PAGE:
After writing about which platform has the best mobile browser yesterday, I inadvertently launched myself into to some endless debates with some friends and colleagues. We went on, back and forth, over the most petty and and insignificant features of each browser – it's those that really matter, after all – that make a specific one our favorite. During one of those exchanges, a very sore topic for me came up: mobile websites.
Let me preface by saying that I know there is a need for mobile versions of some sites. For better or for worse, they make browsing the web bearable for some devices. Not every phone can handle a full desktop site; likewise, not every site is optimized for use via mobile, especially heavily flash-ridden sites.
Now that that's out of the way, my problem with mobile sites, for the most part, is not design or function. If they're done right, I have no problem with them, even if some functionality is sacrificed for a better, smoother experience. Still, I prefer the full desktop version of a website if at all possible. The key phrase there is "if at all possible," and is where I have a problem.
The browser capabilities of smartphones has come leaps and bounds from where they were just two years ago – last year, even. Viewing a website in its full desktop version is fantastic on some phones. The Galaxy Nexus which I have been using primarily for the past week, for instance, offers up one of the best mobile browsing experiences to date. The 4.65-inch 720p display with Quick controls and Fullscreen (both found in the Labs section of Browser Settings) helps squeeze every last pixel out of the display for Web browsing use. This, paired with dynamic text rendering, means I have to zoom and pan less to view and read content on a site.
Back to that "if at all possible" phrase. When I'm browsing from my phone, a good portion of sites automatically revert to their mobile versions. Again, I understand this, and although I wish sites would let me choose which version I wanted before fully loading, scrolling to the bottom and finding the "Full Site" link isn't too much trouble. The problem is what happens after you click that link (granted it's even available) – one of three things will happen:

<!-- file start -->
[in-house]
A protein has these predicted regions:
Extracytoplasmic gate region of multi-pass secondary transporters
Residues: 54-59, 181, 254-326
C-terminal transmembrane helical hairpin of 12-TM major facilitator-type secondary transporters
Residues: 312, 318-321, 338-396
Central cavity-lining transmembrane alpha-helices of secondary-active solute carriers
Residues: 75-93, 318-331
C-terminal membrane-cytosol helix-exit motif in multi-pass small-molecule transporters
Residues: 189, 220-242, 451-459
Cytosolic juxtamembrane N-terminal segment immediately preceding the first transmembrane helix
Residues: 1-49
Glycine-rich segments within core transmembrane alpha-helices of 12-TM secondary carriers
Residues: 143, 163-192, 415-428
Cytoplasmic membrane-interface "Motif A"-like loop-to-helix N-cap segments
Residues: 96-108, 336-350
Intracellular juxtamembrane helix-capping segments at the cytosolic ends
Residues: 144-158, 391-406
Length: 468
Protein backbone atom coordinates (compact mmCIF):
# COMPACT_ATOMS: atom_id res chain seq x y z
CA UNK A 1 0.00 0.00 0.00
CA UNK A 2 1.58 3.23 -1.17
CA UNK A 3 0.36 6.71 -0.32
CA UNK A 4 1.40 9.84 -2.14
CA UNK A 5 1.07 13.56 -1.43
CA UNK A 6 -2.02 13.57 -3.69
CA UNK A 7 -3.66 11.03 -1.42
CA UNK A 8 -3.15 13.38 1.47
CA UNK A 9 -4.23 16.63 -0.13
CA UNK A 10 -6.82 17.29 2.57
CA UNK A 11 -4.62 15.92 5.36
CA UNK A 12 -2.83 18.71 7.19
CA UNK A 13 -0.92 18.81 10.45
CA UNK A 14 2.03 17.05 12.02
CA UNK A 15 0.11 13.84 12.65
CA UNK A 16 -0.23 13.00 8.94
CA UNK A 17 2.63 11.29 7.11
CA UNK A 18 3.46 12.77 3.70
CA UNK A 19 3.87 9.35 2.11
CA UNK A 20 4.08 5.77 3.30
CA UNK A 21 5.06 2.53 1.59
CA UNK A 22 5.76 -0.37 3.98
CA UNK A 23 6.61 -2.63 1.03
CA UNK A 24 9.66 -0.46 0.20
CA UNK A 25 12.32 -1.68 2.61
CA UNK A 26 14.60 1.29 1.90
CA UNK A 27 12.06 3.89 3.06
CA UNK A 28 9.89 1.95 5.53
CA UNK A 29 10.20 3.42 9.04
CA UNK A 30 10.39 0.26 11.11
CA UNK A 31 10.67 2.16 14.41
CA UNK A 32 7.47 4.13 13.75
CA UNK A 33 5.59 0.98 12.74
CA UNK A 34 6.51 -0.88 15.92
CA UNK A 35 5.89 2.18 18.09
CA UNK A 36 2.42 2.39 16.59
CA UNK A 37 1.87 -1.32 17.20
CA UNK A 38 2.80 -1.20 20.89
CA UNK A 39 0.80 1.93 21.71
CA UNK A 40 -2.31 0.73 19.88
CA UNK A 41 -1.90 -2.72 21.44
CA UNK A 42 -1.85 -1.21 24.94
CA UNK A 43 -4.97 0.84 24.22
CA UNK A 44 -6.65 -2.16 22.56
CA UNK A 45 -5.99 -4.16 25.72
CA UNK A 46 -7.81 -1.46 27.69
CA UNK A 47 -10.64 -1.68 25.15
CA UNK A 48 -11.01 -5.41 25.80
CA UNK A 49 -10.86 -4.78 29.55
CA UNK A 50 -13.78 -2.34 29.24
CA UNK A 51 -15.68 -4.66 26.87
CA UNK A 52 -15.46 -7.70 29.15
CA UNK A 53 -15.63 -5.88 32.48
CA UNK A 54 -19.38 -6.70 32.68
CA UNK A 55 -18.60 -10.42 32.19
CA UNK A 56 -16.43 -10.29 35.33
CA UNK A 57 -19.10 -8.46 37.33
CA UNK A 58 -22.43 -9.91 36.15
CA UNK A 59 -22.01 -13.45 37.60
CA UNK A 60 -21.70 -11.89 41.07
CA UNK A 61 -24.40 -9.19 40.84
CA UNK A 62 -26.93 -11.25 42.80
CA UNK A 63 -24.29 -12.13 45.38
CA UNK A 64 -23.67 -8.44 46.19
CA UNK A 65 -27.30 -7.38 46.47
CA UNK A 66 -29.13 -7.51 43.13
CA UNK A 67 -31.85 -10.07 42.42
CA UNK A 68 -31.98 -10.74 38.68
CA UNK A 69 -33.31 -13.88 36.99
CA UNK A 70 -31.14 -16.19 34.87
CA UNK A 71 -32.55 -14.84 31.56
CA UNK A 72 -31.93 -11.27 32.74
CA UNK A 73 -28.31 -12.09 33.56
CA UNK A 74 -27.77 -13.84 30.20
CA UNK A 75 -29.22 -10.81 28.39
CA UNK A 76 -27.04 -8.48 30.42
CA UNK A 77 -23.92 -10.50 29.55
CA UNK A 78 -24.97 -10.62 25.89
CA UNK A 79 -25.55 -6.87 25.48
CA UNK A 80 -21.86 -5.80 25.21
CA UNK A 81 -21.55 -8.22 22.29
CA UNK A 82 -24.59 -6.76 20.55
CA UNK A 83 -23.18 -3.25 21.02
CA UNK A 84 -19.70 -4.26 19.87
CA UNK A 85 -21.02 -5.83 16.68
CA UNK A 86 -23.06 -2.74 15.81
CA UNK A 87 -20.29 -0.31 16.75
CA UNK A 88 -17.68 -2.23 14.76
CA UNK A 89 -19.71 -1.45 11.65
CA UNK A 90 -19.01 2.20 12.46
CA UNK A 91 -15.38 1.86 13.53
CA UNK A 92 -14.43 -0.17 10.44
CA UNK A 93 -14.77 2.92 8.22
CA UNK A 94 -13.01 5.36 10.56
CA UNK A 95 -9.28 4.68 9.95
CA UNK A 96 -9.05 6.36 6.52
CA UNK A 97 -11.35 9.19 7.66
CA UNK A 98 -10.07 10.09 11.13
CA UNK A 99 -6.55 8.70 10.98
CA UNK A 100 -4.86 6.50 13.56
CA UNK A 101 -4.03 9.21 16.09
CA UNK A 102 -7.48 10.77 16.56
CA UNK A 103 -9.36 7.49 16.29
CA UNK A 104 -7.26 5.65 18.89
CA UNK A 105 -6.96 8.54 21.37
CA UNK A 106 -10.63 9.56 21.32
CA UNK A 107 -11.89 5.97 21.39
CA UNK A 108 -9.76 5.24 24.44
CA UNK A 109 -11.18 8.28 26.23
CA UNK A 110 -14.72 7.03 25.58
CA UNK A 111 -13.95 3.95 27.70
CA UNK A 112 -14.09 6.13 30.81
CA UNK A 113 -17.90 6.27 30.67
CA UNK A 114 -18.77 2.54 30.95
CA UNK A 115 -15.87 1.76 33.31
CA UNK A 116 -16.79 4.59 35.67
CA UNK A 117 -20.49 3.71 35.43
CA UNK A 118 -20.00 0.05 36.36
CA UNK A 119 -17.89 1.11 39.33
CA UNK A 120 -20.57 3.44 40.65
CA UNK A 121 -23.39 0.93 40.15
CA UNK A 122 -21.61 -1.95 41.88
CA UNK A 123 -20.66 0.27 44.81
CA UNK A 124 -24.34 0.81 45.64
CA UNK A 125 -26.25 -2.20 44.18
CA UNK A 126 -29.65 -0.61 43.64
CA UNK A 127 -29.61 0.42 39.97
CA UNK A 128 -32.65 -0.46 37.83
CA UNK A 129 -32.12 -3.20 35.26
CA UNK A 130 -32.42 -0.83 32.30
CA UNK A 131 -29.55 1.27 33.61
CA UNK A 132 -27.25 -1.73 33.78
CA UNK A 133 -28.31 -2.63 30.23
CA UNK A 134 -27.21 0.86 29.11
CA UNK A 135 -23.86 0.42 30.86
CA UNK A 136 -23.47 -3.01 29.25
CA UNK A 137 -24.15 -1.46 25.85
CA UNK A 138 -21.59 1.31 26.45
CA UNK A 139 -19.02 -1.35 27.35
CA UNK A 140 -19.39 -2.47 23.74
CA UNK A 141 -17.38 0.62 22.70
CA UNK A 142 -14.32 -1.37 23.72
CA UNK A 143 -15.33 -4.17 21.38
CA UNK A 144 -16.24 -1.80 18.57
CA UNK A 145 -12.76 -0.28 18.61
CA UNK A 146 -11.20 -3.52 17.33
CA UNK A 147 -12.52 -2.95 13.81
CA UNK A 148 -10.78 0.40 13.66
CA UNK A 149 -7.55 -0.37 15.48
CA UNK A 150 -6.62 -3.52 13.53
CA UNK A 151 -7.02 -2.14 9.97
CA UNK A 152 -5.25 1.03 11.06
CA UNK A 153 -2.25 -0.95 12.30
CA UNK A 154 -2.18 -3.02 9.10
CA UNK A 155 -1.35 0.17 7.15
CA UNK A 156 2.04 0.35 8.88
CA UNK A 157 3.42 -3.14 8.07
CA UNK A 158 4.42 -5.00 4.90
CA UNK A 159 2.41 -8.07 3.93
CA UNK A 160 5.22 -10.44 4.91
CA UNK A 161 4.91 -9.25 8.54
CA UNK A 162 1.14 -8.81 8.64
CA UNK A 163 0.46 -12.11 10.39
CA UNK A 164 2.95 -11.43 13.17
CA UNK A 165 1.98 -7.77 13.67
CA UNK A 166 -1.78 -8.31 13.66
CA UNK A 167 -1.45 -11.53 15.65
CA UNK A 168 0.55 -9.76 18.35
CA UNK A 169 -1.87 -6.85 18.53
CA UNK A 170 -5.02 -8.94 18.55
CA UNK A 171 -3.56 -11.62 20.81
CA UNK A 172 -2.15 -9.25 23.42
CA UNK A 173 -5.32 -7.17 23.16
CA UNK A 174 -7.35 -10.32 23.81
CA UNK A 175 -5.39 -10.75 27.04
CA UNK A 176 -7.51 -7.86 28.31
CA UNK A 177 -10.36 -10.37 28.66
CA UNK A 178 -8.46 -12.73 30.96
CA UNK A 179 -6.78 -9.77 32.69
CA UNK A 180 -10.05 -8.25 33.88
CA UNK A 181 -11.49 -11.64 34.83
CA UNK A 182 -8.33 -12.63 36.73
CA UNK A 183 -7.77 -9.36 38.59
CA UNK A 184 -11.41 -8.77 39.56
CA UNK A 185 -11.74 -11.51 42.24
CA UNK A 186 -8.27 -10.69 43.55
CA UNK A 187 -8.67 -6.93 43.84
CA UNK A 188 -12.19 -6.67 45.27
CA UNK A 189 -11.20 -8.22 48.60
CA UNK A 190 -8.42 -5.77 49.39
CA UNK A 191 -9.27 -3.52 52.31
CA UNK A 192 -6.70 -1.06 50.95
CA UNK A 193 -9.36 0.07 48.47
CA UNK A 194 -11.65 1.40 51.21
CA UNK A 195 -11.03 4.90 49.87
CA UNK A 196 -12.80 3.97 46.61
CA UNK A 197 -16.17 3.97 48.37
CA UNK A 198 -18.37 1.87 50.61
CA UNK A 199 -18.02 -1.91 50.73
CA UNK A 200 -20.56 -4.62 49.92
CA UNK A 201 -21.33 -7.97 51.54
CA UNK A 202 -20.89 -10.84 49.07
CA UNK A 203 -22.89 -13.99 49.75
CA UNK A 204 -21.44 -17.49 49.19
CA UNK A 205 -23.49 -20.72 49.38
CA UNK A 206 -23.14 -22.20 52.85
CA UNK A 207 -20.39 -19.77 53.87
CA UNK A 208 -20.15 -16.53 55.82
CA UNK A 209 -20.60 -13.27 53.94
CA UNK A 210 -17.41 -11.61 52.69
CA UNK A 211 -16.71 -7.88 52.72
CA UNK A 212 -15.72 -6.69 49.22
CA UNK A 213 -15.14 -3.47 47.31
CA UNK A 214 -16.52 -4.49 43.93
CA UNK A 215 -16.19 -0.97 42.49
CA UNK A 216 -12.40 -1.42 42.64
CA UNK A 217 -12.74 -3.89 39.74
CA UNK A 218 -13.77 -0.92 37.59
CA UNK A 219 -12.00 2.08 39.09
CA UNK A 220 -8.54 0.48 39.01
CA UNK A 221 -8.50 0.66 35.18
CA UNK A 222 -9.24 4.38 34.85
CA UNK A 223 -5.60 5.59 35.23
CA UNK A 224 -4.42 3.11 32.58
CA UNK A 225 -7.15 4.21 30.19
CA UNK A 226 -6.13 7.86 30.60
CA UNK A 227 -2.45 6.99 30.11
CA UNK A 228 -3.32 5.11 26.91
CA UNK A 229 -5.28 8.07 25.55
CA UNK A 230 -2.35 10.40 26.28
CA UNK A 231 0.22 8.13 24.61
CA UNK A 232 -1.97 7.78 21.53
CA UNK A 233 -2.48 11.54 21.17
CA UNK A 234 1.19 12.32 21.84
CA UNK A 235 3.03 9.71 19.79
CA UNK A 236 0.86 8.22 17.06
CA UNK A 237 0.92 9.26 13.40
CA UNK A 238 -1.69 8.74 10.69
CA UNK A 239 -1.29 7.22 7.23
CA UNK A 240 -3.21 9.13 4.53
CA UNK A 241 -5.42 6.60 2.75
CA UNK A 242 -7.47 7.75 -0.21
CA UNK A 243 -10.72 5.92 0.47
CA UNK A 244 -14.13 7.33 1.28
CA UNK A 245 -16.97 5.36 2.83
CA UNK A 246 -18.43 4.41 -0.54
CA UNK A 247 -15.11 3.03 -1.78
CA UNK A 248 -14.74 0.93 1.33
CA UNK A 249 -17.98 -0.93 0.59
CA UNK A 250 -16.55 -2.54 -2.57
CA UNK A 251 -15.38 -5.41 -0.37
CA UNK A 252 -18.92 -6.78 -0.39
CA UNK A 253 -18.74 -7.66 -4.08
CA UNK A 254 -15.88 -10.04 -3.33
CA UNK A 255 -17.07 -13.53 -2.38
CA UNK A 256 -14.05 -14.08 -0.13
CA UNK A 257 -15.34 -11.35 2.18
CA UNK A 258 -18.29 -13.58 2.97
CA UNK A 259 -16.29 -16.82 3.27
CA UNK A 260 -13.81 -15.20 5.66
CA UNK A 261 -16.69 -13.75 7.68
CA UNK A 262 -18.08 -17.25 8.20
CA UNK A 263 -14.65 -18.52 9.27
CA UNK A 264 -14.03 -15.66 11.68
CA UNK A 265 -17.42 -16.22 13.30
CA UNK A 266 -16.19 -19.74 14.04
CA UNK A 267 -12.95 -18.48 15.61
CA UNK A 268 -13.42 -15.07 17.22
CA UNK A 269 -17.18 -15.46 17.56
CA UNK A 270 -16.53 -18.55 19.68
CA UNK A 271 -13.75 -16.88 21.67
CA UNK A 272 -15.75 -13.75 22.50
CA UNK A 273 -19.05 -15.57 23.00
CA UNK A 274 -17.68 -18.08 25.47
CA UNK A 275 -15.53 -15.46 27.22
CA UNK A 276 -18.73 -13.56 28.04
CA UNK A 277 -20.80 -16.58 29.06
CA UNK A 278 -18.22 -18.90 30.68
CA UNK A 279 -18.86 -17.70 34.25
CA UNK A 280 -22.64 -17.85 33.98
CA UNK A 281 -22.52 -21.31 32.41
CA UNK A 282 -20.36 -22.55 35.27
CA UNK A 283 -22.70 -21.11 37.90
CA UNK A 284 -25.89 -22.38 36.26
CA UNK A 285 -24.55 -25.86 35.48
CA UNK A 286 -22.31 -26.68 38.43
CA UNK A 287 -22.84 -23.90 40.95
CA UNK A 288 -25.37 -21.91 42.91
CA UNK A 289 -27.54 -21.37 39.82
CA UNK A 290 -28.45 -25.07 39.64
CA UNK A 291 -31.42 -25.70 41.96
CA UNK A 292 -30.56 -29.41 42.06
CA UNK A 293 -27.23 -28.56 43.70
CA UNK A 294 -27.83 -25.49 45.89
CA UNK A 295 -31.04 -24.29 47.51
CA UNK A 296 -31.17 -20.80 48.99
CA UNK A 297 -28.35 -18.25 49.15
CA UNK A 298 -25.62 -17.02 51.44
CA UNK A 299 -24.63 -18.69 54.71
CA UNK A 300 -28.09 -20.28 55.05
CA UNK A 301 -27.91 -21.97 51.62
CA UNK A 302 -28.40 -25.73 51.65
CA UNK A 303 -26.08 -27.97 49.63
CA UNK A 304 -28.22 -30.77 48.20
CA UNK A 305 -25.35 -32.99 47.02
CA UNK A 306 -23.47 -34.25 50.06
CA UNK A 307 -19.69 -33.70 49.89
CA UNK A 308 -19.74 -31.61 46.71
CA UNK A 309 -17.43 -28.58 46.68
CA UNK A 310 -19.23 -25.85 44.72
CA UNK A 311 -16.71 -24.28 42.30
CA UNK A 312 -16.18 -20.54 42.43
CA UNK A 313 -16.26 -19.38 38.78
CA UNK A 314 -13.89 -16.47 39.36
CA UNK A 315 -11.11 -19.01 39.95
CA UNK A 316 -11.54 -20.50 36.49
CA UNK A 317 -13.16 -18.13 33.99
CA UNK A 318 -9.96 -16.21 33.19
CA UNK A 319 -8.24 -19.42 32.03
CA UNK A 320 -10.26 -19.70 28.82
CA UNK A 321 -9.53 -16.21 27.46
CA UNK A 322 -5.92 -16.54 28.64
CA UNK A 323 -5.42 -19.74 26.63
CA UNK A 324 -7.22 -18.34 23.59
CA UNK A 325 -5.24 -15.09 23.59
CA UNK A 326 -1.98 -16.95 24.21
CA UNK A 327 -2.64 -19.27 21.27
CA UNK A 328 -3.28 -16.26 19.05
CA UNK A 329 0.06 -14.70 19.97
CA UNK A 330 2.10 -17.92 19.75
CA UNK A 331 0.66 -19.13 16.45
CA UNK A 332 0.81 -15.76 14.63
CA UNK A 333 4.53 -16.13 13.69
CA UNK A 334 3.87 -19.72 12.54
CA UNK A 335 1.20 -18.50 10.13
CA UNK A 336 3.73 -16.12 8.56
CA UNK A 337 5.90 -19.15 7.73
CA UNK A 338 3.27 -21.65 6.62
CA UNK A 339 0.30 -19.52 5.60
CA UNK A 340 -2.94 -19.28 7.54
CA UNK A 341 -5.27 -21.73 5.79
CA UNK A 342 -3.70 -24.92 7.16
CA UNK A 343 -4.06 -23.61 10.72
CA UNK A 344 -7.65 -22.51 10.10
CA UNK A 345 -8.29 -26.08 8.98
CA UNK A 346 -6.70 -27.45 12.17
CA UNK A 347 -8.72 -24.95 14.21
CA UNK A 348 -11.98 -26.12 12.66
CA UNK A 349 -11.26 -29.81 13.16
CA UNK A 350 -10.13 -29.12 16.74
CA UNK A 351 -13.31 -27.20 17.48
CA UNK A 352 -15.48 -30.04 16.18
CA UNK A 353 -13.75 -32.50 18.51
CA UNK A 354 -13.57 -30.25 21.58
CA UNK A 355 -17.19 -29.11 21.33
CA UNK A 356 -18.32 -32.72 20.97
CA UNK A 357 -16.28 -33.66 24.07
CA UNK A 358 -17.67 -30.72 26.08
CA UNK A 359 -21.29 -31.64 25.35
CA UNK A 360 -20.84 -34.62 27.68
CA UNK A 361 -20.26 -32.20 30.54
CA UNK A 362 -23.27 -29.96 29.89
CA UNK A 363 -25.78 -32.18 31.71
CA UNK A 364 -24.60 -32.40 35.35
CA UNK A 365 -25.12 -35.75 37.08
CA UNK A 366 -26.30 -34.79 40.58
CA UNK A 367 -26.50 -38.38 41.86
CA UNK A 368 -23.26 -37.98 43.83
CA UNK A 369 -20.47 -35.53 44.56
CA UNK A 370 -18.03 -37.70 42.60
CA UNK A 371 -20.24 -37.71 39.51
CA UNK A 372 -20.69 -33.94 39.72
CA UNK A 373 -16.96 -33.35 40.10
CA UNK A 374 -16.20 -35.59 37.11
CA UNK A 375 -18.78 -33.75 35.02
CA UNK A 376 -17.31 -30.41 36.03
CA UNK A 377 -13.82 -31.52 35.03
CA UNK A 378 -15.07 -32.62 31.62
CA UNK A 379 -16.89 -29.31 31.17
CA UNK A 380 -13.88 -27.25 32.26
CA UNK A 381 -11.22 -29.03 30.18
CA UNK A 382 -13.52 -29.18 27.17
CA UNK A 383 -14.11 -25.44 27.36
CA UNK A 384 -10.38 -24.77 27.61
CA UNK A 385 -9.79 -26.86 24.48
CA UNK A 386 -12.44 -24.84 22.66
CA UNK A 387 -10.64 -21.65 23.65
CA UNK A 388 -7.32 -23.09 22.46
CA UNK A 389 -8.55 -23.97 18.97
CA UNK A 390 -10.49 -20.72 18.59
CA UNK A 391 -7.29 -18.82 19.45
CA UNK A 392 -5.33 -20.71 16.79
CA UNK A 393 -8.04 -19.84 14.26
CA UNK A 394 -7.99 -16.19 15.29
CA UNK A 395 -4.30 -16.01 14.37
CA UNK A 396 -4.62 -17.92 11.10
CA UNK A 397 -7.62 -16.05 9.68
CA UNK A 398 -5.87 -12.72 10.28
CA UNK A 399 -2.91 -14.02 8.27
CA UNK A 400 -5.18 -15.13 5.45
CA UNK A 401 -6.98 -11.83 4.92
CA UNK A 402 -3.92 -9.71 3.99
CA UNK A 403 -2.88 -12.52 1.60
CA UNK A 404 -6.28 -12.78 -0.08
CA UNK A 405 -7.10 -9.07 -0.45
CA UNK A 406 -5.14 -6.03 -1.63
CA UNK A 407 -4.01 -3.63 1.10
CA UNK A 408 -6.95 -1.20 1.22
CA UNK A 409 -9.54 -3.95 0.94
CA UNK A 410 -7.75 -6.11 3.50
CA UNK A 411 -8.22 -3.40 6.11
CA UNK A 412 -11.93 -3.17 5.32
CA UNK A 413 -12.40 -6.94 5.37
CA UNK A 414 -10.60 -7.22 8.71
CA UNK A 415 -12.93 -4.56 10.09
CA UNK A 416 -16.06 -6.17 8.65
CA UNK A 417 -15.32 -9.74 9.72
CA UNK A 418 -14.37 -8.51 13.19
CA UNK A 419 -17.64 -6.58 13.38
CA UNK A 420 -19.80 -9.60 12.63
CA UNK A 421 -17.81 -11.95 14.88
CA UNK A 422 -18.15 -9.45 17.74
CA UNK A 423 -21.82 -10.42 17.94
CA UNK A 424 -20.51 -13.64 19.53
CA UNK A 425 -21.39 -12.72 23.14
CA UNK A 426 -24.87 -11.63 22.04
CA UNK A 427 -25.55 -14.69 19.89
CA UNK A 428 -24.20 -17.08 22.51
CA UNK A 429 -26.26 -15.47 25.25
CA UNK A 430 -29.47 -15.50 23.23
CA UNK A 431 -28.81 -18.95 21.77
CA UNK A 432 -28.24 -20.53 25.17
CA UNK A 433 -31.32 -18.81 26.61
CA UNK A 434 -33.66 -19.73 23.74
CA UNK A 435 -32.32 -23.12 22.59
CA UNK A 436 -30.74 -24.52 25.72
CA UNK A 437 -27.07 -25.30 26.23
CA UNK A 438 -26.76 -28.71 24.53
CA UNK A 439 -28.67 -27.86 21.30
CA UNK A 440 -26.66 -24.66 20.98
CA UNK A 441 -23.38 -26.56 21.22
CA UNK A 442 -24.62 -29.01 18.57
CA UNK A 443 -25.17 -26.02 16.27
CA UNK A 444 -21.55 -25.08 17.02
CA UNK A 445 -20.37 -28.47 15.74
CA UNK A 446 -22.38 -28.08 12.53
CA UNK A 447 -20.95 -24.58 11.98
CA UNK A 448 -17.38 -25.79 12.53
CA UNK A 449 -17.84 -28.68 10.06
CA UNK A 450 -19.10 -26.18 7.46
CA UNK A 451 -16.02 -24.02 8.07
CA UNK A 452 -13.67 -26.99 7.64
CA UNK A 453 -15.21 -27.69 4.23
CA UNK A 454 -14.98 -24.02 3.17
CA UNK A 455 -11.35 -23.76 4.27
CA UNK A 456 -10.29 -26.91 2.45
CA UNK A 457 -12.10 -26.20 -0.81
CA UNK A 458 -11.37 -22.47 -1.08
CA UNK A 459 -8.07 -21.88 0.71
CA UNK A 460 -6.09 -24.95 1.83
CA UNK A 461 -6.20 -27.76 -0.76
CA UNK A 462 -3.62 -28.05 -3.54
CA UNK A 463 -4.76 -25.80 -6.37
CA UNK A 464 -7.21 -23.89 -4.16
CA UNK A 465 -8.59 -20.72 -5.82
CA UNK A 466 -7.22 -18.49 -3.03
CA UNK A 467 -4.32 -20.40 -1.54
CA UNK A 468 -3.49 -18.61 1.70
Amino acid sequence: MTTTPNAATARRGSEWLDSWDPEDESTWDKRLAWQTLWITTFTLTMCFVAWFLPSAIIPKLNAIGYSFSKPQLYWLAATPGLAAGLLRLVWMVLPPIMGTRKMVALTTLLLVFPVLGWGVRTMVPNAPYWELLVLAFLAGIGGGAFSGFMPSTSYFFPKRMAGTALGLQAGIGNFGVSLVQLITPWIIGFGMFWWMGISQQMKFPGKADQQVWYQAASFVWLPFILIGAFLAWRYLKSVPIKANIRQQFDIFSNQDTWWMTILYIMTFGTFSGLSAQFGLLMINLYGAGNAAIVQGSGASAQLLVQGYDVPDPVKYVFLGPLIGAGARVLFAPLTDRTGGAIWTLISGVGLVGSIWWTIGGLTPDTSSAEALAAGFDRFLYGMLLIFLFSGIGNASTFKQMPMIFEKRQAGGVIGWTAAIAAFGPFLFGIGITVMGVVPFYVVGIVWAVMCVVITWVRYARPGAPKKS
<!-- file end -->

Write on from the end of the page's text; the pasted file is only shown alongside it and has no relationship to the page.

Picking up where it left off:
If scenario one happens, I'm peachy. But if number two or three occur, I generally get too frustrated to bother with fighting it and never visit the site again from my phone after. And I thought the included "Request desktop site" feature in Ice Cream Sandwich would help avoid the latter two scenarios, but that is clearly not the case. If number two or three occur, the built-in feature in the Android 4.0 browser effectively does nothing but refresh the current page.
A perfect example of this can be found by visiting Mashable.com from your smartphone. Don't get me wrong, their mobile site is fine and functions quite well. But as I've stated, since my phone can now handle a full site, I want the full experience. However, when you visit Mashable from a smartphone, it automatically takes you to the mobile site. After scrolling to the bottom and selecting the "Full Site" link, the page will actually load the full site. If you click on a link from the home page, you will be taken to a mobile page for that specific article. If you scroll to the bottom of the page once again and hit the link again, one of two things will happen: the page will simply refresh or you will be taken back to the full version of the home page. It's almost impossible to load a full desktop version of a Mashable article on a smartphone. Keep in mind, this is only one example.
And the problem isn't limited to phones either. In fact, smartphones are the lesser of the issue. The worst is when I'm browsing form my Galaxy Tab and having a mobile site persistently load. I know, there are hacks to make this a non-issue. Or you can enter "about:debug" in the Android browser address bar to access the developer Settings and choose your User Agent String.
But the point is that mobile sites aren't always the best mobile Web browsing experience, and not all of use prefer visiting a dumbed-down version of a website. If my phone is capable of handling the entire site, it's the full site I want. When visiting a site from your phone (at tablet should always load a full desktop site by default), users should always be prompted to choose between a full or mobile version of the site, with the option to remember preferences, of course.
I spoke with several colleagues how they feel about mobile sites, and their opinions were mostly on par with mine. David from TmoNews said, "I almost always revert [to the full site]," and our own Evan said, "I always use the full site." My pal Dustin Earley of Android and Me, however, said "If I had to generalize, I suppose I'd say mobile sites suck." He went on to say, though, "they're usually way faster, and sometimes look better in my opinion." If they're done right, they're great. And I agree. But still, like David and Evan, I always opt to the full site.
I'm curious, readers. Do you prefer mobile sites when you're browsing via mobile? Or do you always revert to the full desktop site? Does it grind your gears when you're continually redirected back to a mobile version?